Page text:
Anger is the first emotion to appear after a loss, and it reappears often during the healing process. Anger is essential to healing because it provides the energy we need to accomplish our work of grieving. In fact, nature automatically gives us the gift of anger-energy whenever we need it most: every time we have a problem.
If we understand and manage it well, anger is one of the most valuable resources we possess for solving our problems. However, we do not manage it well, we can create new problems.
Anger is usually mismanaged by people who believe that this emotion is a harmful force. It is not. Anger is neutral, neither harmful or helpful. The energy it generates is like the energy of gasoline: It can be used constructively or destructively, depending on how it is managed.
People who understand their anger and know how to manage it to recover from crises usually also find success in other areas of their lives. In contrast, people who don't understand anger usually hurt themselves and others by mismanaging their anger-energy--by displacing it, by wasting it on vindictive obsessions, or by converting it into depression, alcohol abuse, or physical illness. Such abuse of this natural resource wastes precious lives.
Before anger can be well managed, it must be understood and recognized. This chapter concentrates on how to manage the anger of grieving by illustrating and discussing the following topics:
Katie and I had been friends since we first met at a birthday party several years ago. Though we saw each other only a few times a year, we enjoyed each other's company each time, sharing wonderful conversations.
Katie always greeted her friends with a hug, and she gave great hugs--warm, solid, sincere, and comforting. She also embraced with her smile, her nurturing face, and her melodic voice.
At work, Katie was in charge of a production department, and for twelve years, her unit had consistently produced well. She was as self-assured in her profession as she was with her friends, and this confidence benefitted her supervisors and subordinates alike. Under her management, her department never generated problems for upper management. Equally importantly, she dealt evenly with those she supervised. Whether she praised them or criticized them, her subordinates knew her to be fair.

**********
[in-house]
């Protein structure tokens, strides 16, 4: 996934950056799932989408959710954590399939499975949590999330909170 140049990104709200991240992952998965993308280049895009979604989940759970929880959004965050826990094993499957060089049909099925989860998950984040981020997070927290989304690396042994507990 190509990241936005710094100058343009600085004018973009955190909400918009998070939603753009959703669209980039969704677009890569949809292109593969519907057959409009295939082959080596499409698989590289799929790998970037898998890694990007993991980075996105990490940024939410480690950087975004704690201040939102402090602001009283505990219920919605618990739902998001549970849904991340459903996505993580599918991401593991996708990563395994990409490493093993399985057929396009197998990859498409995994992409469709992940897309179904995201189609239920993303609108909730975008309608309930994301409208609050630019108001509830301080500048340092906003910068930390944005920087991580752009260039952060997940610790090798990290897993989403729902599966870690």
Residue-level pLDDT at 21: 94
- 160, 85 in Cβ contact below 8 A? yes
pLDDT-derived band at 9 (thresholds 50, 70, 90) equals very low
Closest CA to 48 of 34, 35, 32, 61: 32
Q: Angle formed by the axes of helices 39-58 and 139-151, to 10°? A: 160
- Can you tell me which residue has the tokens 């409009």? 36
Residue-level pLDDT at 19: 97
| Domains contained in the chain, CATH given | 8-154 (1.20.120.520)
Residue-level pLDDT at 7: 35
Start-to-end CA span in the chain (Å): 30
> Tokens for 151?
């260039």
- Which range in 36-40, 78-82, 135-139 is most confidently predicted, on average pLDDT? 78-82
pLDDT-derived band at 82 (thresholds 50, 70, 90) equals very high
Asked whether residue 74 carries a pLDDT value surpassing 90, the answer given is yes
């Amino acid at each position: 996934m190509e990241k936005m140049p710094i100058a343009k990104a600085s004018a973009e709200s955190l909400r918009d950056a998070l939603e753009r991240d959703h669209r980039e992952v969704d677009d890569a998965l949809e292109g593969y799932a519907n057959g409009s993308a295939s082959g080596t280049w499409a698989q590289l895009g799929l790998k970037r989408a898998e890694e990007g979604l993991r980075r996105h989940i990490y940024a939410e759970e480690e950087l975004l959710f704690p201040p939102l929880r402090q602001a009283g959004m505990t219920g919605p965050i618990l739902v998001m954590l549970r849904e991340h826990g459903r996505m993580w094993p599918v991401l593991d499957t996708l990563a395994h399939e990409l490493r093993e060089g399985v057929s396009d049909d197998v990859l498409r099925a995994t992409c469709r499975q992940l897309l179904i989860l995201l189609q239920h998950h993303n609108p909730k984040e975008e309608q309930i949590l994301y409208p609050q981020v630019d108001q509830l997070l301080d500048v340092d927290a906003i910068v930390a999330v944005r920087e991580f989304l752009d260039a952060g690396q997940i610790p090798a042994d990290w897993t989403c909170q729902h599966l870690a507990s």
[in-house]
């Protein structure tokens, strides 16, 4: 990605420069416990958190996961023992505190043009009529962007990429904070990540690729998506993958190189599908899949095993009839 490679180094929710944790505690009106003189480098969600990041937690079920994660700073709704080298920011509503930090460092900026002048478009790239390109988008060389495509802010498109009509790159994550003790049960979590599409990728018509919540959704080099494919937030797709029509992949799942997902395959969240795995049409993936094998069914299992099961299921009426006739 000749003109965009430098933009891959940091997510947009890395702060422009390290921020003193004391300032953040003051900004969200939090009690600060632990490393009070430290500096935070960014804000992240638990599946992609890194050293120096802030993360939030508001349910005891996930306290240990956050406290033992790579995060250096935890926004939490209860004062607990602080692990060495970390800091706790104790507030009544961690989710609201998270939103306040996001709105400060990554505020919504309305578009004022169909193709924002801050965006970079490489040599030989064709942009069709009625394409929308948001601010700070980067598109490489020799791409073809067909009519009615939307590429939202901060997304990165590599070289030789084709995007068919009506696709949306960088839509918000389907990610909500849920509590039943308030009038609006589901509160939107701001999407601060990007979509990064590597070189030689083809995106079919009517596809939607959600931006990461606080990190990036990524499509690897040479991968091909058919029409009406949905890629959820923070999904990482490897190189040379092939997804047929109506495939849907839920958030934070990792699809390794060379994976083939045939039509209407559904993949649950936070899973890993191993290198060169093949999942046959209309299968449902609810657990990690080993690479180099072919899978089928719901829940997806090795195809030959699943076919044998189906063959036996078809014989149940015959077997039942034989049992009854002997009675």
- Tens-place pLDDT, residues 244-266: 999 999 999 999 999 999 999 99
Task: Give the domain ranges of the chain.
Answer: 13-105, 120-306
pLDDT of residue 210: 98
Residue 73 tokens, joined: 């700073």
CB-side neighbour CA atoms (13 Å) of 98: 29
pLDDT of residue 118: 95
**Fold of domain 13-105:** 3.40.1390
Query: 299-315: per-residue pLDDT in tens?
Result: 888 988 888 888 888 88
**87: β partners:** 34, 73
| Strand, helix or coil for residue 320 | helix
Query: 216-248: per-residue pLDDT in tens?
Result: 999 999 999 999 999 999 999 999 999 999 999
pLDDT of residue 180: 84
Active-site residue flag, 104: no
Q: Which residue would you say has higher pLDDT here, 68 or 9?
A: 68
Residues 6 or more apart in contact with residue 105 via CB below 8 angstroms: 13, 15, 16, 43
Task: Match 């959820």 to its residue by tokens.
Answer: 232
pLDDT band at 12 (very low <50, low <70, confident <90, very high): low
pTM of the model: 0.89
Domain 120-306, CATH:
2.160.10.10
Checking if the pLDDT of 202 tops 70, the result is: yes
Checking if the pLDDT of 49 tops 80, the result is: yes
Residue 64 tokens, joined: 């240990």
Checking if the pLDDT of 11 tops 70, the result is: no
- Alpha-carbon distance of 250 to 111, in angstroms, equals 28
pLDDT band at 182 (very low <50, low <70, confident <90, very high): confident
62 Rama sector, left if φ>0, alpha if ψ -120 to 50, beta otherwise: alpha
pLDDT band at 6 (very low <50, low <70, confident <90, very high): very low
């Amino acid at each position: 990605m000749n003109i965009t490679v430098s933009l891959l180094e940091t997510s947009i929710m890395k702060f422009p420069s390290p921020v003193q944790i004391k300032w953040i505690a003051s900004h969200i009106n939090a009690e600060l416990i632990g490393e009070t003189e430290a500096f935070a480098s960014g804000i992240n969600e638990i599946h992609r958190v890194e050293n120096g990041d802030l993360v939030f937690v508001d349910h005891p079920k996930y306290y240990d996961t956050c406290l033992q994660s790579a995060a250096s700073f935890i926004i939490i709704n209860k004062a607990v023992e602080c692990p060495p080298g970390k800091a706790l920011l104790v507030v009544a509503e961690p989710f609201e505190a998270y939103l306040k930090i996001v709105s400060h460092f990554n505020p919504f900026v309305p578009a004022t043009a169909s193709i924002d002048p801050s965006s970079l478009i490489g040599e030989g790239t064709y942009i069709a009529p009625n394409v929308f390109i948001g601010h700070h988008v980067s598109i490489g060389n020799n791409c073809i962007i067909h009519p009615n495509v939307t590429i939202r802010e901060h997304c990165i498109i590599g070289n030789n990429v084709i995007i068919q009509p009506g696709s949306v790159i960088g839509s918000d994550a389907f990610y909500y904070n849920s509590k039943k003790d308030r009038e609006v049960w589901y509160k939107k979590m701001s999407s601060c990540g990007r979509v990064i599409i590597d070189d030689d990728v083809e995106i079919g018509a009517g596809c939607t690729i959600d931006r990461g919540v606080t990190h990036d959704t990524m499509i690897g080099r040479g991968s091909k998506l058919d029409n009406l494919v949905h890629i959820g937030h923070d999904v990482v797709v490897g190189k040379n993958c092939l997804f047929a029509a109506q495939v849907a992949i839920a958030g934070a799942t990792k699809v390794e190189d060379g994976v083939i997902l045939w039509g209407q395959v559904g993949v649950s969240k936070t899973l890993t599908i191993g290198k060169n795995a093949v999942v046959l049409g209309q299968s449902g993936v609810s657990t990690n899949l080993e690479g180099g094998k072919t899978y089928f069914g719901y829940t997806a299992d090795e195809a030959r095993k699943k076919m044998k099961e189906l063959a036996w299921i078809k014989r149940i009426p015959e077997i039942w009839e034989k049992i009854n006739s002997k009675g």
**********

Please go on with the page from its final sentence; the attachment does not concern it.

When Katie called me one autumn afternoon, I knew immediately that she was distressed. A taut wire had replaced the music box in her voice.
"Can you see me?" she asked. "Now?"
"Of course. What's wrong?"
"Okay," she clipped, ignoring my question, and hung up. Her non-response told me she had a serious problem. I guessed that she would have started to cry if she had said more. But Katie losing control? I had never imagined her in this state. Automatically I speculated, preparing myself: She must have been brushed by death.
When Katie arrived at my office, I hesitated, waiting for her to speak. She said nothing. No hug, no pleasantries. She sat down silently, concealing her eyes from mine.
I closed the door and crossed the room to my chair. As though she were hiding a grotesque secret, she tightened her face, damming up her emotions and thoughts. No sound, no gesture, no tears.
This scene didn't match my mental image of Katie at all. As I observed her, I changed my guess. "She must have been raped," I thought. What else could make sunny, warm Katie change so radically.